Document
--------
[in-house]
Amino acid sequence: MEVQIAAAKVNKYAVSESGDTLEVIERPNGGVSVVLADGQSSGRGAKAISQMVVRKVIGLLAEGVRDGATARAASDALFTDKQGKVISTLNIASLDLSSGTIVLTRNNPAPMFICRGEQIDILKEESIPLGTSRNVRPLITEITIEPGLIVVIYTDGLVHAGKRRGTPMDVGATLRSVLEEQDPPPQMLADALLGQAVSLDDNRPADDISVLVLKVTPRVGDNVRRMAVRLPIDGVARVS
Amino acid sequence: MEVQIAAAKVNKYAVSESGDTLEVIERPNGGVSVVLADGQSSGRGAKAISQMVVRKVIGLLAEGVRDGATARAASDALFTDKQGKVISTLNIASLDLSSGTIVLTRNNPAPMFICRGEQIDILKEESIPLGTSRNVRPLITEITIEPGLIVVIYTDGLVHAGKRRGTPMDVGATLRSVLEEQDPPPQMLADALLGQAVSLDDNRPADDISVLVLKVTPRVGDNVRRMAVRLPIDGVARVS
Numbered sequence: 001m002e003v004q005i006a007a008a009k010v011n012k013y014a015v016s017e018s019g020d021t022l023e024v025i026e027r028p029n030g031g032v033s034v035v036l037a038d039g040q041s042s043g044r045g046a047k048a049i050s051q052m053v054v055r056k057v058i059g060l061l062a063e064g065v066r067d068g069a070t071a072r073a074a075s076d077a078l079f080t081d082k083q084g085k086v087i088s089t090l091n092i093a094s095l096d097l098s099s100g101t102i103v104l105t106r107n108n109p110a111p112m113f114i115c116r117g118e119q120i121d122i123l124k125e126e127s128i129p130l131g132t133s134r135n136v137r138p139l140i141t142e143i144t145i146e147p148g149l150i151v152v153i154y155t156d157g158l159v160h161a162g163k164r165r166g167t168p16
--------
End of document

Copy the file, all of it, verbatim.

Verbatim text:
[in-house]
Amino acid sequence: MEVQIAAAKVNKYAVSESGDTLEVIERPNGGVSVVLADGQSSGRGAKAISQMVVRKVIGLLAEGVRDGATARAASDALFTDKQGKVISTLNIASLDLSSGTIVLTRNNPAPMFICRGEQIDILKEESIPLGTSRNVRPLITEITIEPGLIVVIYTDGLVHAGKRRGTPMDVGATLRSVLEEQDPPPQMLADALLGQAVSLDDNRPADDISVLVLKVTPRVGDNVRRMAVRLPIDGVARVS
Amino acid sequence: MEVQIAAAKVNKYAVSESGDTLEVIERPNGGVSVVLADGQSSGRGAKAISQMVVRKVIGLLAEGVRDGATARAASDALFTDKQGKVISTLNIASLDLSSGTIVLTRNNPAPMFICRGEQIDILKEESIPLGTSRNVRPLITEITIEPGLIVVIYTDGLVHAGKRRGTPMDVGATLRSVLEEQDPPPQMLADALLGQAVSLDDNRPADDISVLVLKVTPRVGDNVRRMAVRLPIDGVARVS
Numbered sequence: 001m002e003v004q005i006a007a008a009k010v011n012k013y014a015v016s017e018s019g020d021t022l023e024v025i026e027r028p029n030g031g032v033s034v035v036l037a038d039g040q041s042s043g044r045g046a047k048a049i050s051q052m053v054v055r056k057v058i059g060l061l062a063e064g065v066r067d068g069a070t071a072r073a074a075s076d077a078l079f080t081d082k083q084g085k086v087i088s089t090l091n092i093a094s095l096d097l098s099s100g101t102i103v104l105t106r107n108n109p110a111p112m113f114i115c116r117g118e119q120i121d122i123l124k125e126e127s128i129p130l131g132t133s134r135n136v137r138p139l140i141t142e143i144t145i146e147p148g149l150i151v152v153i154y155t156d157g158l159v160h161a162g163k164r165r166g167t168p16